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Research Findings on Cost Avoidance and State Financing Variables Effect on Performance


Published: July 31, 2000
Information About:
State/Local Child Support Agencies
Policy, Dear Colleague Letters (DCL), Research & Data, HHS/ACF/OCSE Research


JUL 31, 2000


RE: Dissemination of Research Findings on Cost Avoidance and State Financing Variables Effect on Performance

Dear Colleague:

This memorandum disseminates the executive summaries of two recently completed studies funded by OCSE. A brief summary of each report's main findings appears below:

  1. Previous estimates of cost avoidance are outdated, difficult to compare and cannot be generalized. Some previous studies may only apply to one State and all suffered from data limitations and methodological problems.
  2. The potential for cost avoidance is unknown. The potential for improved collections may be mitigated by the inability of many of the poorest noncustodial parents to pay support.
  3. Studies of child support review and adjustment efforts that avoided government costs in public assistance cases may be outdated by new changes in the caseload caused by TANF programs.
  4. A small number of studies indicates that child support has, at most, a limited indirect effect on marital and childbearing behavior of parents.
  5. The Urban Institute's Transfer Income Model (TRIM) is the only major microsimulation model with the capacity to measure child support cost avoidance.
  6. While State IV-D program administrative data, merged with data from other agencies, are potentially a rich source of data to estimate cost avoidance, recent State studies have limitations.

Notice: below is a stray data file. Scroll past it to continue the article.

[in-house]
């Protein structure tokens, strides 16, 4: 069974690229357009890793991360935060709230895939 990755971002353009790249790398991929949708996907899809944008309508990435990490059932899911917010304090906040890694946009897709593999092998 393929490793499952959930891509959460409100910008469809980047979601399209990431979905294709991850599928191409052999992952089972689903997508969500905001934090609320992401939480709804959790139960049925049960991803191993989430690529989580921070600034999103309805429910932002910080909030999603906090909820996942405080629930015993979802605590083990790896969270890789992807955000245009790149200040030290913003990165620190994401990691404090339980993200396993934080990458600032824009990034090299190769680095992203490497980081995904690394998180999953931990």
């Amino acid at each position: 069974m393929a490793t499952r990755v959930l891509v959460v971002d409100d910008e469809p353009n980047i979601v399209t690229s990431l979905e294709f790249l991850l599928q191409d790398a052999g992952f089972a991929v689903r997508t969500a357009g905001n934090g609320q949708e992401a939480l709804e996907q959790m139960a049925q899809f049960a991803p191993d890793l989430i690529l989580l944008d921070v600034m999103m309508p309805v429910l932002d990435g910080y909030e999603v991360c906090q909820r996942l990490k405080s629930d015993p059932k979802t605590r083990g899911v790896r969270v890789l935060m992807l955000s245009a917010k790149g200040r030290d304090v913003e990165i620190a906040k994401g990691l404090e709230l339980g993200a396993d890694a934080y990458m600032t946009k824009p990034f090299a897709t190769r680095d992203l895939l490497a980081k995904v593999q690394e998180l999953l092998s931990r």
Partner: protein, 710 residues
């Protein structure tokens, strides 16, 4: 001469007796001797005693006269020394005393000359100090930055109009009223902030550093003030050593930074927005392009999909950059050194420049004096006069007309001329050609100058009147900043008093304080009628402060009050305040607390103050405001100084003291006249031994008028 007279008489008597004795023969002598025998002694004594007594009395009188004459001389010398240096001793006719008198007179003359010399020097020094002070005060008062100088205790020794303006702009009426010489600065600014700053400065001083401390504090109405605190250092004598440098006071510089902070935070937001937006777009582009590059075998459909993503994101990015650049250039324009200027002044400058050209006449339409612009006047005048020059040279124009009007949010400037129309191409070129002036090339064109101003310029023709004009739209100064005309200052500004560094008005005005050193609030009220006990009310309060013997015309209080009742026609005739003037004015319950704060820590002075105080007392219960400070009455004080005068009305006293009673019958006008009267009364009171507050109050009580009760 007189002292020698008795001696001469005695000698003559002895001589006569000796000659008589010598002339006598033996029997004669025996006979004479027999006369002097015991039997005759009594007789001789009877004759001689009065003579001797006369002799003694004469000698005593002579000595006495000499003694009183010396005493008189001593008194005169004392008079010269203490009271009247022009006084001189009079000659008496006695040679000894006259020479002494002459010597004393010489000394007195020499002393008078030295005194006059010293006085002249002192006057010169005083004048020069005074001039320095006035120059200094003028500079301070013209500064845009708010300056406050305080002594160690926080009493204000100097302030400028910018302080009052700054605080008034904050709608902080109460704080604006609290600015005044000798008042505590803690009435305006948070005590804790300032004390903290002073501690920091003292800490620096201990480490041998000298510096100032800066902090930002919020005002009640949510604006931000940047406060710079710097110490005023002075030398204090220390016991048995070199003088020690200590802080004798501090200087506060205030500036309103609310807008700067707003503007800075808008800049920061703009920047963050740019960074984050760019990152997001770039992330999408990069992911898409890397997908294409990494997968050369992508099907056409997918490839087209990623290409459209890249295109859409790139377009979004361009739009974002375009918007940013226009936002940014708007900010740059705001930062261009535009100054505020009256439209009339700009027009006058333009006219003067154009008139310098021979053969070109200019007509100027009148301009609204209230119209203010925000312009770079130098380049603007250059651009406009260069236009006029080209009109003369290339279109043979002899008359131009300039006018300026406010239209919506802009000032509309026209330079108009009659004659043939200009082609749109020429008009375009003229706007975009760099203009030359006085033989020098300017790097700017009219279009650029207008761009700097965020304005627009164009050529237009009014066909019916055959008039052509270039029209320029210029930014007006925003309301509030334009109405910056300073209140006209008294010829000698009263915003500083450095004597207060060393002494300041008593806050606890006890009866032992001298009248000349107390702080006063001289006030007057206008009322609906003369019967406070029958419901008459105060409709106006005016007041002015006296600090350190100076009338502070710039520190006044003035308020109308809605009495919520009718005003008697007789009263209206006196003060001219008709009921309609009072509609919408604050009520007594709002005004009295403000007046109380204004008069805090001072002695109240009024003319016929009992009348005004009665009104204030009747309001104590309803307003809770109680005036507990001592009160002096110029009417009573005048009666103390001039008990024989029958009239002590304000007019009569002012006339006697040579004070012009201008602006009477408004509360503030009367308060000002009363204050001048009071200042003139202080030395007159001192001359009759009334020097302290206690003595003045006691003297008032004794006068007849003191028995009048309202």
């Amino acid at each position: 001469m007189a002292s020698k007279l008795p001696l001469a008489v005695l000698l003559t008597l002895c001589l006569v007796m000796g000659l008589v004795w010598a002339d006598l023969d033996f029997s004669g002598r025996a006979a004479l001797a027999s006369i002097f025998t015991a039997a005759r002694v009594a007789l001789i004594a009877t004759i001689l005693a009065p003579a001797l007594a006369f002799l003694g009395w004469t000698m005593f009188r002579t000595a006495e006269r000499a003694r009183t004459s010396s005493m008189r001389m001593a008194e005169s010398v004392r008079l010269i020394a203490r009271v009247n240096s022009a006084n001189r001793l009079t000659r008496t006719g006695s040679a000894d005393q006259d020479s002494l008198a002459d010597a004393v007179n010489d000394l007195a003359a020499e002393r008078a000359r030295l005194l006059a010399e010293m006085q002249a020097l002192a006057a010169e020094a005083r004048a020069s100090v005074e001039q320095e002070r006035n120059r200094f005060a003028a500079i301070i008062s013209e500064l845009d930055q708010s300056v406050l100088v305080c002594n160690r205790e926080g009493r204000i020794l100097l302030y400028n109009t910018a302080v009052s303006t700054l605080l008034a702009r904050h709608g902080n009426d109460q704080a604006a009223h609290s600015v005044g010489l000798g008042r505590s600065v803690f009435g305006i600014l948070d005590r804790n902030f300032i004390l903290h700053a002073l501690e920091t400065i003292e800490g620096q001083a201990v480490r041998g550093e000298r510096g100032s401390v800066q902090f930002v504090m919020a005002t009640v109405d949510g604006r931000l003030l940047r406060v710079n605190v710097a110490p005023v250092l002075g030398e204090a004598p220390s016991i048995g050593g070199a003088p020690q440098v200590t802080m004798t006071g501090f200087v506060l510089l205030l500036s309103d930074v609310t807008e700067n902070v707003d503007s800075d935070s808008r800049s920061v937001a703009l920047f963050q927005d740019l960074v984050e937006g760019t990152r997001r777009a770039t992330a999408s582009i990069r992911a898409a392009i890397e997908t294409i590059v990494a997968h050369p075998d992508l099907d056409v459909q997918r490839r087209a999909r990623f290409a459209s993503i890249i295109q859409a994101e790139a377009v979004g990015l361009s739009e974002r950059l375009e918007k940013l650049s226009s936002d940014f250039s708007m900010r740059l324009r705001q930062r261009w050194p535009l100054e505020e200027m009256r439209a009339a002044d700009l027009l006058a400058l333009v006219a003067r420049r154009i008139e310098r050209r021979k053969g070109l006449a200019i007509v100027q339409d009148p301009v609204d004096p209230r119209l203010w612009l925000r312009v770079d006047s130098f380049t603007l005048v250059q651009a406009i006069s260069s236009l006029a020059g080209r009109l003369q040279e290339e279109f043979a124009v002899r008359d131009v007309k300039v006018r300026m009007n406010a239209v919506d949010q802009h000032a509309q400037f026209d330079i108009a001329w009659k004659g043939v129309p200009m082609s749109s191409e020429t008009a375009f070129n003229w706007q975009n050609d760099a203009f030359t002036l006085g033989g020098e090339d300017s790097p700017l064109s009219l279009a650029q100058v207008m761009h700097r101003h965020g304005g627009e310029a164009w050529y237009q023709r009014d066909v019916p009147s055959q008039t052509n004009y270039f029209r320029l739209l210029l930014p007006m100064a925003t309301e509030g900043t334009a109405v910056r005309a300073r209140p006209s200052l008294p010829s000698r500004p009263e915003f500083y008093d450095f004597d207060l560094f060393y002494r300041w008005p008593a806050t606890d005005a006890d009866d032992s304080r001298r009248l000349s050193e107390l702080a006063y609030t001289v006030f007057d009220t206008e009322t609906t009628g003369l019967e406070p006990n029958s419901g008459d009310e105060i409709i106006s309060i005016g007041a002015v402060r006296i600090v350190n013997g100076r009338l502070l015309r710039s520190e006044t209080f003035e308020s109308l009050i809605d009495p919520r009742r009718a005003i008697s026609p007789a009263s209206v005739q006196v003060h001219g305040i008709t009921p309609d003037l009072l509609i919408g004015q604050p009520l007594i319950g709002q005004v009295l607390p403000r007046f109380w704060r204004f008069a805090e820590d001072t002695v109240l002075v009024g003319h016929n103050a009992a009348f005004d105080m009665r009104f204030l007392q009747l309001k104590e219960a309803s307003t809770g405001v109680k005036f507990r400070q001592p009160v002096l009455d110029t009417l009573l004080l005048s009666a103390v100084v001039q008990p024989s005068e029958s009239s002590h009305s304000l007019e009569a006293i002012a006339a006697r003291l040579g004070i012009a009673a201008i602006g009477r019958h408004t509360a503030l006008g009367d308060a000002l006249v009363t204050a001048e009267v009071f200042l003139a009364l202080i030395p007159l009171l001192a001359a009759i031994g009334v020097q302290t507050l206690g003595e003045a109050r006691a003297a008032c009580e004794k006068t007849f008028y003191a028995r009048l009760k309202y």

1. A greater reliance on general fund appropriations may be associated with somewhat better performance.
  2. Several factors related to the structure of the IV-D program appear to be related to CSE performance.
  3. Several demographic factors outside the domain of the IV-D program also appear to be related to CSE performance.
  4. States may face tradeoffs in attempting to maximize their overall performance in the incentive measures especially with regard to the cost-effectiveness measure.
  5. Other than tradeoffs associated with cost-effectiveness, it does not appear that improvement on one incentive measure automatically translate into an improvement or worsening of another measure. Exceptions include a positive and strong correlation between the paternity establishment percentage and percent of cases with orders measures and a positive but weaker correlation between the percent of cases with orders and the collection rate for current support.


David Gray Ross
Office of Child Support Enforcement